A number of students experience that teachers have not thought their planning through “to the other side” — even those who are meticulous in their planning.
For example, they experience that the teacher's PowerPoint presentation instructs to make 8 groups of 4 people. But often there are not enough people present, sometimes not even enough to create a single group. And rarely, if ever, do they experience groups that cut across campusses although this could help students relate to each other — not necessarily on a personal level, but as co-students and fellow peers.
This may seem a minor issue, but if such issues are met repeatedly by the students, they report that it affects their motivation a great deal. The good news is that it is relatively easy to resolve, once you - as teacher - become aware of it and begin to plan ahead across locations.
Make it easy
For example, try using a Google Sheet or Google Document to make groups. Add the number of groups in a table, share it with an open link (remember to ensure the link type is set to CAN EDIT) and let the students enter their names and perhaps an email or skype account, so they can reach each other during group work. Then you do not have to think about how they get in touch. Or if you want to be able to “visit” them in the groups, to see how the exercise is going, prebook a number of Skype for Business sessions that they can enter, and which you can visit on your “group rounds”.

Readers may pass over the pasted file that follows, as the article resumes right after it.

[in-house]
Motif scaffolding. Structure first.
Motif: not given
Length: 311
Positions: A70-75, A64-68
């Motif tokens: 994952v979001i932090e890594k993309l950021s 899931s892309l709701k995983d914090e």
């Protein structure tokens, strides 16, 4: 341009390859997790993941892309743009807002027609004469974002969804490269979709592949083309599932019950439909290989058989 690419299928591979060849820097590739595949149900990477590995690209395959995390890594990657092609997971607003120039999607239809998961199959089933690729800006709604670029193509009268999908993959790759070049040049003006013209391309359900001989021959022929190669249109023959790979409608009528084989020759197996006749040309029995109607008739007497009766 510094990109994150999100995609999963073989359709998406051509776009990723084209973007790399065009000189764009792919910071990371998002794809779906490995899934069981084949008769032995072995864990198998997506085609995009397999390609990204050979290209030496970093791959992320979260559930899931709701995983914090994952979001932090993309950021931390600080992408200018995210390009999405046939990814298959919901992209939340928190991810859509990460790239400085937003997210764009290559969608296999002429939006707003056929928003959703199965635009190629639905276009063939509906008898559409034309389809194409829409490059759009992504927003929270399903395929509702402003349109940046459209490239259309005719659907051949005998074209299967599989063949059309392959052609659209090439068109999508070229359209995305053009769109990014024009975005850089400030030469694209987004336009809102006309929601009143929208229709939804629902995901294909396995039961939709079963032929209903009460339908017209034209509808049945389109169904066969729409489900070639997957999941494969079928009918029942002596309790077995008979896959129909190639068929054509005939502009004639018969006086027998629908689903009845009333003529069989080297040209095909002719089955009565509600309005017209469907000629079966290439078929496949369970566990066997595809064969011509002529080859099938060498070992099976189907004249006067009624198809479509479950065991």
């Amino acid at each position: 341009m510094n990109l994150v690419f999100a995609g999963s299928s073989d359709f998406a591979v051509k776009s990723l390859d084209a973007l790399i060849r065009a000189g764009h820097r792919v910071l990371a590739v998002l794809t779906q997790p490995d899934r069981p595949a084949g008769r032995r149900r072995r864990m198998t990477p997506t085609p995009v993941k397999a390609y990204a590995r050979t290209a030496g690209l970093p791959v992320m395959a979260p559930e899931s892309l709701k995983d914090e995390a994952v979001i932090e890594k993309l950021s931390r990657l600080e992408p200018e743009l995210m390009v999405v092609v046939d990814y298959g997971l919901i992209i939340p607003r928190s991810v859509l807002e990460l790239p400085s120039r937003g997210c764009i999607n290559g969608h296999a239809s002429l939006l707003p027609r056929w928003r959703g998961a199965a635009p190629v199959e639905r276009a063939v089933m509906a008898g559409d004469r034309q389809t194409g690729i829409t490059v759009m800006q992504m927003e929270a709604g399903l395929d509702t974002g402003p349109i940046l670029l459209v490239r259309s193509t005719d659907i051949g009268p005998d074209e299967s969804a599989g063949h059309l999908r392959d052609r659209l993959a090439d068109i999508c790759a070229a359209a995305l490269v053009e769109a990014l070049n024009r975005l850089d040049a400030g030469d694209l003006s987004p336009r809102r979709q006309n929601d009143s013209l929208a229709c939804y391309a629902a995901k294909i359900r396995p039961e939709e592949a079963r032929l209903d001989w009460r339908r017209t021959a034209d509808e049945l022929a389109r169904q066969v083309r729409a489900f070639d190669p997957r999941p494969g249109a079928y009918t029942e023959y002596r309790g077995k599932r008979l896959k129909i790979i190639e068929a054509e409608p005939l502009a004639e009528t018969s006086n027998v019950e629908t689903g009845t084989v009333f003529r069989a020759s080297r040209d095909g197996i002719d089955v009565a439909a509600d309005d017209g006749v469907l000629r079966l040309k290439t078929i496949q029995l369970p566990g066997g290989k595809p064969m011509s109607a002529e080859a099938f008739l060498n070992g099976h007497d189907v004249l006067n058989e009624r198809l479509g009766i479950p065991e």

Another example is display objects. If props are brought into the classroom, what considerations do you make when displaying them to your students? Check out the guidelines on using mobile phones and document cameras for presentations.